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I love Yelp — it is an awesome site that has some of the
most comprehensive reviews of thousands of small businesses (I mainly use it
for finding good restaurants). I’m also
impressed by how the Yelp community has grown.
Building an explicit site like Yelp that relies on user
generated content is a really hard thing to do. Dozens of well-funded companies
tried and failed. Explicit sites face huge marketing challenges because they
need to get people to their site and start reviewing things before there is
much value for others to use the site – a hard chicken and egg problem to
Yelp has overcome these challenges by building in
hand-to-hand street marketing:
– Throwing parties for their
– Having marketing people get
stores to put up “People Love Us on Yelp” stickers
– Growing community by community –
so they are really strong in places like San Francisco
or New York but
they might be weak in another community
– Contacting businesses and getting
them to claim their profiles on Yelp
– Having great community managers
that encourage lots of reviews by focusing on game mechanics
How to challenge an
If you were going to build a Yelp competitor from the UGC
angel, you have two main options: be better than them at community marketing or
be better at inciting user reviews. But
it is going to be really hard to compete on either. Essentially, you’d be
fighting Yelp at the game they are best at so you’d have to be the best web
marketer to succeed.
You could also take a totally different direction and go for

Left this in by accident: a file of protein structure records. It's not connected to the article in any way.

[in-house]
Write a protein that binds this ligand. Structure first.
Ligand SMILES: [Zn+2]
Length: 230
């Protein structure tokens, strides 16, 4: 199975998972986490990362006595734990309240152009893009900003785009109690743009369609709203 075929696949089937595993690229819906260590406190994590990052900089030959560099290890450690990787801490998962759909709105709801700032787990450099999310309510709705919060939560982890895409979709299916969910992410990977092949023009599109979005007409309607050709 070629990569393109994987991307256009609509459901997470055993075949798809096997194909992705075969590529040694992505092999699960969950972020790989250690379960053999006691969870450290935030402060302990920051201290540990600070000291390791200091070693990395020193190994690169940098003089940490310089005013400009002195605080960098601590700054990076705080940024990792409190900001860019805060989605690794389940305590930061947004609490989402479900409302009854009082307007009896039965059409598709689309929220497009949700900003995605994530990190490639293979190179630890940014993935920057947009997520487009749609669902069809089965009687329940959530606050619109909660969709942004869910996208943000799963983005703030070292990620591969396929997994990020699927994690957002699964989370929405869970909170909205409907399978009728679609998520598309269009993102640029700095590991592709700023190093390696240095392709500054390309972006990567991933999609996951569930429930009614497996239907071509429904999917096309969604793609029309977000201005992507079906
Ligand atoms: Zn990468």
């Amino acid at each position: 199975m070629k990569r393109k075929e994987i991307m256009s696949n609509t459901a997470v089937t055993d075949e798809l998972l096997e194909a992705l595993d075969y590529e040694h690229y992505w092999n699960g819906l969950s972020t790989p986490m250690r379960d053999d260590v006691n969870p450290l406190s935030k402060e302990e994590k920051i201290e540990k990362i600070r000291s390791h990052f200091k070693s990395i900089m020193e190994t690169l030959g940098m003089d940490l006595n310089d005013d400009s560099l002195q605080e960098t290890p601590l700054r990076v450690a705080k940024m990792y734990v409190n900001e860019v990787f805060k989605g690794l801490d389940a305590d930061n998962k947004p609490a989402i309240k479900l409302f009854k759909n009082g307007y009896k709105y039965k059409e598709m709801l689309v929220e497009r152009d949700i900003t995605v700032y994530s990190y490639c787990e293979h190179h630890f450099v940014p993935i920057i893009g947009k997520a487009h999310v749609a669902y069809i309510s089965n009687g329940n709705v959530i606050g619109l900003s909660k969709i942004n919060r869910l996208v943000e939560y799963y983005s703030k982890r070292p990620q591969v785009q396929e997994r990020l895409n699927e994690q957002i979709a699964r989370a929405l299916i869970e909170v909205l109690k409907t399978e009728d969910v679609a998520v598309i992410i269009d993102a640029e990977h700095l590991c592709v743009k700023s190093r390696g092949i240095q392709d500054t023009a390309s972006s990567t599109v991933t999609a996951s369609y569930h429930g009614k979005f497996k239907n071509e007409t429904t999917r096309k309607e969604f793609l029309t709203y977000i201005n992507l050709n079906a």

a new medium (like mobile) and maybe we’ll see some companies do well here.
Another option would be to focus on building an implicit
version of Yelp. Unlike explicit sites that rely on user generated content,
implicit sites crawl the web and find already existing data and synthesize them
in one place. Instead of the huge marketing challenge that comes with building
an explicit site, implicit sites are really big technical challenges. That’s why great marketers should focus on
explicit challenges while great engineers should focus on implicit challenges.
If you think about how Yelp is organized, they have a series
of reviews on small business which generally have a common key, such as a phone
number and/or a postal address. So these
businesses are usually relatively easy to distinguish when crawling the web.
To build an implicit site about small businesses, the first
thing you might want to do is to crawl all the review sites, including sites
like Yelp, CitySearch, Menuism, New York
Magazine restaurants, Shamash
kosher reviews, VegGuide, and
more. You can then build collective profiles about the businesses.
You can also include government data about the business
including liquor licensing, lawsuits, Better Business Bureau, real estate
values, health inspections, and more.
Of course, the best site might be one that marries both the
explicit and the implicit.
Wait. Doesn’t Google already do this? Or if they don’t they could just turn a query into a business?
The other problem with Yelp is the ad revenue model: the business getting reviewed is paying for advertising on Yelp’s site. So of course there is always a problem with jerry-rigging (or should we say jury-rigging). Regardless of whether Yelp purposefully manipulated rankings, there is a strong incentive for low level Yelp sales scum to pursue unscrupulous strategies — like submitting their own reviews to punish a merchant (this explicitly adjusts the ratings without any “tech” manipulation). Why not just a pure, highly accurate rating system?
I like your diistinction: some businesses have lots of marketing challenges and some businesses have lots of engineering challenges. if you are startign a business, you should play into your strengths.
As a software engineer, I should start an implicit, not an explicit, business.